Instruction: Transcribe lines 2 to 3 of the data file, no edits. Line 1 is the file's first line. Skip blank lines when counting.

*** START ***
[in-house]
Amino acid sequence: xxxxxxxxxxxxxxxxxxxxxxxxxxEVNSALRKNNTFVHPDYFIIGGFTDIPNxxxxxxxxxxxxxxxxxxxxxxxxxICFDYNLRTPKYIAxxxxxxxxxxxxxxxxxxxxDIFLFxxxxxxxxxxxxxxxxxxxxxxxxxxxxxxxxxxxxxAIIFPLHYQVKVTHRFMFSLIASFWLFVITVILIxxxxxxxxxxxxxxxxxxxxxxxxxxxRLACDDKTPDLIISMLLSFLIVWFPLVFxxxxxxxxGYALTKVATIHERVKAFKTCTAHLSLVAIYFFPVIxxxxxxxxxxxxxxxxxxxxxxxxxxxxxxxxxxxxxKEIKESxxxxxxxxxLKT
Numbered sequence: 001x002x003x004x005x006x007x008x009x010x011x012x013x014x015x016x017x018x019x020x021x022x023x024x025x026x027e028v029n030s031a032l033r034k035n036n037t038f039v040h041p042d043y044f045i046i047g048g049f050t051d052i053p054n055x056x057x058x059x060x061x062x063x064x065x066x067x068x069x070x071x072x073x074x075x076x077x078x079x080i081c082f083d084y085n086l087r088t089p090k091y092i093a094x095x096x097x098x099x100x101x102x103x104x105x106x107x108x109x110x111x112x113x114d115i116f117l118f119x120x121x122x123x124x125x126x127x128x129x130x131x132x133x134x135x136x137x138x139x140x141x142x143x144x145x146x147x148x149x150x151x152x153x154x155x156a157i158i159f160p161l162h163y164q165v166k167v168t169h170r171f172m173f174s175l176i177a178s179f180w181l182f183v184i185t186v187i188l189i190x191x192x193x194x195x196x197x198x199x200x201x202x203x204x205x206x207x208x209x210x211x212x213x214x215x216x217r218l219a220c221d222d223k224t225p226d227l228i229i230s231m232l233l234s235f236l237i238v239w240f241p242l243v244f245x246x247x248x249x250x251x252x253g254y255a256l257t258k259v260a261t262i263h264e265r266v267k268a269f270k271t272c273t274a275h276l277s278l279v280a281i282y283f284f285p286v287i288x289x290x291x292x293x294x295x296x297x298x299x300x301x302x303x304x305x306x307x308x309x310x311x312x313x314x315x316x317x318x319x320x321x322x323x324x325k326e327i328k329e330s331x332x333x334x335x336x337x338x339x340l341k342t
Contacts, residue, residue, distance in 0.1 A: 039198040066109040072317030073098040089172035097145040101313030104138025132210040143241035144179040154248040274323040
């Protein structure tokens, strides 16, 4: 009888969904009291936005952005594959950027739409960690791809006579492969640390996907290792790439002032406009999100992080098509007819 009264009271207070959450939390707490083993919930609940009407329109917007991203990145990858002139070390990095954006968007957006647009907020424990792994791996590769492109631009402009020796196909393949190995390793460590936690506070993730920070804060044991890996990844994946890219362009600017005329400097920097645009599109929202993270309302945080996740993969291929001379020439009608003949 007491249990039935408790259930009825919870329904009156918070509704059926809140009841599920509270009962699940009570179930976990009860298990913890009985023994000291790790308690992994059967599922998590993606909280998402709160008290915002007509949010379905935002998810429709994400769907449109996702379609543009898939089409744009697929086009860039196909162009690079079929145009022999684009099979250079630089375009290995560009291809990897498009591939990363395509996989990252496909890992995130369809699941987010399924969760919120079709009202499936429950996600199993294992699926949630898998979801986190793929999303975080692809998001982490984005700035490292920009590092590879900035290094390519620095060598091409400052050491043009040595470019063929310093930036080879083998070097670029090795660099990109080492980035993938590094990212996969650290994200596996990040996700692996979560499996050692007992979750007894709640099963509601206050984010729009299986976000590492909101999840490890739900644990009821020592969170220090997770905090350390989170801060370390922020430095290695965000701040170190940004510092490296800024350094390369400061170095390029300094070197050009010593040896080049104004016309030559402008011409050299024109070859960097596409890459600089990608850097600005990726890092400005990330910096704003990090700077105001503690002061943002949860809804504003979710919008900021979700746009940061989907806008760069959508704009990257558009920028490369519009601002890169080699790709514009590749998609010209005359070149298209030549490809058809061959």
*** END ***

Amino acid sequence: xxxxxxxxxxxxxxxxxxxxxxxxxxEVNSALRKNNTFVHPDYFIIGGFTDIPNxxxxxxxxxxxxxxxxxxxxxxxxxICFDYNLRTPKYIAxxxxxxxxxxxxxxxxxxxxDIFLFxxxxxxxxxxxxxxxxxxxxxxxxxxxxxxxxxxxxxAIIFPLHYQVKVTHRFMFSLIASFWLFVITVILIxxxxxxxxxxxxxxxxxxxxxxxxxxxRLACDDKTPDLIISMLLSFLIVWFPLVFxxxxxxxxGYALTKVATIHERVKAFKTCTAHLSLVAIYFFPVIxxxxxxxxxxxxxxxxxxxxxxxxxxxxxxxxxxxxxKEIKESxxxxxxxxxLKT
Numbered sequence: 001x002x003x004x005x006x007x008x009x010x011x012x013x014x015x016x017x018x019x020x021x022x023x024x025x026x027e028v029n030s031a032l033r034k035n036n037t038f039v040h041p042d043y044f045i046i047g048g049f050t051d052i053p054n055x056x057x058x059x060x061x062x063x064x065x066x067x068x069x070x071x072x073x074x075x076x077x078x079x080i081c082f083d084y085n086l087r088t089p090k091y092i093a094x095x096x097x098x099x100x101x102x103x104x105x106x107x108x109x110x111x112x113x114d115i116f117l118f119x120x121x122x123x124x125x126x127x128x129x130x131x132x133x134x135x136x137x138x139x140x141x142x143x144x145x146x147x148x149x150x151x152x153x154x155x156a157i158i159f160p161l162h163y164q165v166k167v168t169h170r171f172m173f174s175l176i177a178s179f180w181l182f183v184i185t186v187i188l189i190x191x192x193x194x195x196x197x198x199x200x201x202x203x204x205x206x207x208x209x210x211x212x213x214x215x216x217r218l219a220c221d222d223k224t225p226d227l228i229i230s231m232l233l234s235f236l237i238v239w240f241p242l243v244f245x246x247x248x249x250x251x252x253g254y255a256l257t258k259v260a261t262i263h264e265r266v267k268a269f270k271t272c273t274a275h276l277s278l279v280a281i282y283f284f285p286v287i288x289x290x291x292x293x294x295x296x297x298x299x300x301x302x303x304x305x306x307x308x309x310x311x312x313x314x315x316x317x318x319x320x321x322x323x324x325k326e327i328k329e330s331x332x333x334x335x336x337x338x339x340l341k342t